Listen, it’s not important how I ended up spending my Friday night at a Mamma Mia! sing-along-in Brooklyn. It’s just important that I was there. Or really, that we were all there, together, as one chorus — and at times, it felt, one soul — throwing our hands in the air to proclaim to the heavens that most sacred of edicts: If you change your mind, I’m the first in line. Honey I’m still free…take a chance on me.
This was actually the third annual Mamma Mia! sing-along hosted by @tasteofstreep aka @pizzahontas aka Samantha Raye, a 28-year-old actor and graphic designer from Brooklyn who has gained popularity for photoshopping photos of Meryl Streep with food (to the tune of 230,000 followers). She wasn’t a Mamma Mia! fan until she hosted the first singalong in August 2016. It was that experience that had her hooked. However, this screening had a particular significance thanks to the recent release of Mamma Mia! Here We Go Again, the Mamma Mia! sequel nobody asked for and, at the same time, I would die without.
Based on a hugely, globally successful stage musical of the same name that premiered in in the West End at the Prince Edward Theatre in 1999, Mamma Mia!, a feature film with an all-ABBA songbook, was released 10 years ago to lukewarm reviews. The New Yorker’s Anthony Lane described the movie as a “useful contribution” to the legal definition of torture. One Rotten Tomatoes user called it a “true dreck.”
Lane, however, changed his tune this time around, conceding to the sequel’s “musty charm.” In fact, many critics of the 2018 follow-up came to the same conclusion: Try as you might, you just can’t seem to hate it.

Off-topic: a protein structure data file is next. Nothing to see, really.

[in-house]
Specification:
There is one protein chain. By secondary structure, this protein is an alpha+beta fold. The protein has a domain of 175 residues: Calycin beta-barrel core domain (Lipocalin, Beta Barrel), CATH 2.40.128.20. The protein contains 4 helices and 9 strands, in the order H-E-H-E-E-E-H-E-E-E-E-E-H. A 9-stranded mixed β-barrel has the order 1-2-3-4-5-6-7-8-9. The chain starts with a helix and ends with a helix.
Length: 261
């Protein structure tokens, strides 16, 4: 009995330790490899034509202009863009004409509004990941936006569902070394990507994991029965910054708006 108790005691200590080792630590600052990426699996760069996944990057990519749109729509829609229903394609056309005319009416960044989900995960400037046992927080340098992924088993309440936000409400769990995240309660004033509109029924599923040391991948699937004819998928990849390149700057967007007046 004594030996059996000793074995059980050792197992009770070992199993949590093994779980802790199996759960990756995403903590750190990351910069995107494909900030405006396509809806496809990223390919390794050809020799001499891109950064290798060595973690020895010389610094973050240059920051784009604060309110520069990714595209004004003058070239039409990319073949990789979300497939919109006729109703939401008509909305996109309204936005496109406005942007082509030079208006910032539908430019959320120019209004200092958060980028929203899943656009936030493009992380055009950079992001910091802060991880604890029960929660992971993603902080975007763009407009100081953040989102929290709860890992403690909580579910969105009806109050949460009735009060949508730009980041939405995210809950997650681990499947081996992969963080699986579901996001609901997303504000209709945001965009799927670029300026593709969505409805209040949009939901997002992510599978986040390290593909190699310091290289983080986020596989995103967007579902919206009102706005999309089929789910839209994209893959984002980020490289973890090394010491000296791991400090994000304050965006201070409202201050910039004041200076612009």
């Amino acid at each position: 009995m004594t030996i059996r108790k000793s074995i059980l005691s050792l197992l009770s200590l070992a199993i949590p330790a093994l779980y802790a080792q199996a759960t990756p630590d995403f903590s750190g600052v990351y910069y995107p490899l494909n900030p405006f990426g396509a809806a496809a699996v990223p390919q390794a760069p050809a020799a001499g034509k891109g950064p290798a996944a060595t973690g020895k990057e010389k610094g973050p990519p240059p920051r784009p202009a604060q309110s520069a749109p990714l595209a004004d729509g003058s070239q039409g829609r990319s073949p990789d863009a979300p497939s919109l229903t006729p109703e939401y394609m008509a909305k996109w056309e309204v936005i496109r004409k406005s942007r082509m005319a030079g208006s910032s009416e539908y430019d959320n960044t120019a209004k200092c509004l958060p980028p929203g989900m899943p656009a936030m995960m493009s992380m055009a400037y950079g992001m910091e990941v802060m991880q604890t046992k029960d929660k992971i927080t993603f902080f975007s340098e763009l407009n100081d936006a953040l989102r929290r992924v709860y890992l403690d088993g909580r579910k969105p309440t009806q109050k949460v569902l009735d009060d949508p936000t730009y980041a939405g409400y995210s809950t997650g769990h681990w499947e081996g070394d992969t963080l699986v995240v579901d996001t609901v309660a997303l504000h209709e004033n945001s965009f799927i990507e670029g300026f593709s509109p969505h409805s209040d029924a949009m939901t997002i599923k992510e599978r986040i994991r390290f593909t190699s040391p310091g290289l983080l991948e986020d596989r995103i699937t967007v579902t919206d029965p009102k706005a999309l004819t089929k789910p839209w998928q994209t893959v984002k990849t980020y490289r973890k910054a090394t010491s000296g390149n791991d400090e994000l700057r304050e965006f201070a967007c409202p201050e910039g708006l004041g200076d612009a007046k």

“The scenery's gorgeous, as is the cast, and it's got Cher,” pointed out NPR’s Glen Weldon. “Why do you need it to be anything more than that?
“I wish I could tell you that Mamma Mia! Here We Go Again is ridiculous and I hated it,” wrote Boston Globe’s Ty Burr. “But the fact is that it's ridiculous and I loved every minute.”
All I can say is, welcome to the club. We have music and overalls and, in the case of Friday night’s sing-along at Syndicated Bar in Bushwick, cookies with Meryl Streep’s face on them. While Mamma Mia! may have not made as big of a splash during its initial release (it made $27,751,240 opening weekend, compared to the sequel’s $34,952,180) it laid the groundwork for an entire generation of fans whose obsession with the franchise — which no one predicted would be a franchise — gets stronger with time.
a huge thank you to everyone that attended our mamma mia sing-a-long parties this week. it’s always such a pleasure getting to meet all of you, and as much fun as it is to participate in the party - it’s even more fun to watch you all enjoying yourselves so much. from the bottom of my heart - you’re all amazing & i can’t thank you enough for making this possible ?and another huge thank you to @syndicatedbk for hosting us year after year - and to @magnoliabakery for so generously making all of these incredible cookies!!!!
“The first time I saw Mamma Mia! was in college,” 30-year-old Rachel Roberts told me after complimenting the Donna Sheridan overalls my friends and I bought for the occasion (We won a prize for wearing them. A Meryl Streep keychain, specifically. That’s not important to this piece, but it’s important to me that you know that). “I don’t think I saw it in theaters, though. I saw it, I think hungover, on a Saturday. And I was like, ‘What have I missed? I’ve done everything wrong in my life. Mamma Mia! is the best thing to ever exist.’”
Friends Ray, 30, JJ, 29, and Nina, 28, all were similarly unhurried with their introductions to the film. They definitely didn’t see it in theaters, perhaps instead when it appeared on Netflix or maybe even on an airplane. It doesn’t matter how you saw it, because the moment you do, your life suddenly splits in two: before you’ve heard Pierce Brosnan sing “S.O.S.,” and after.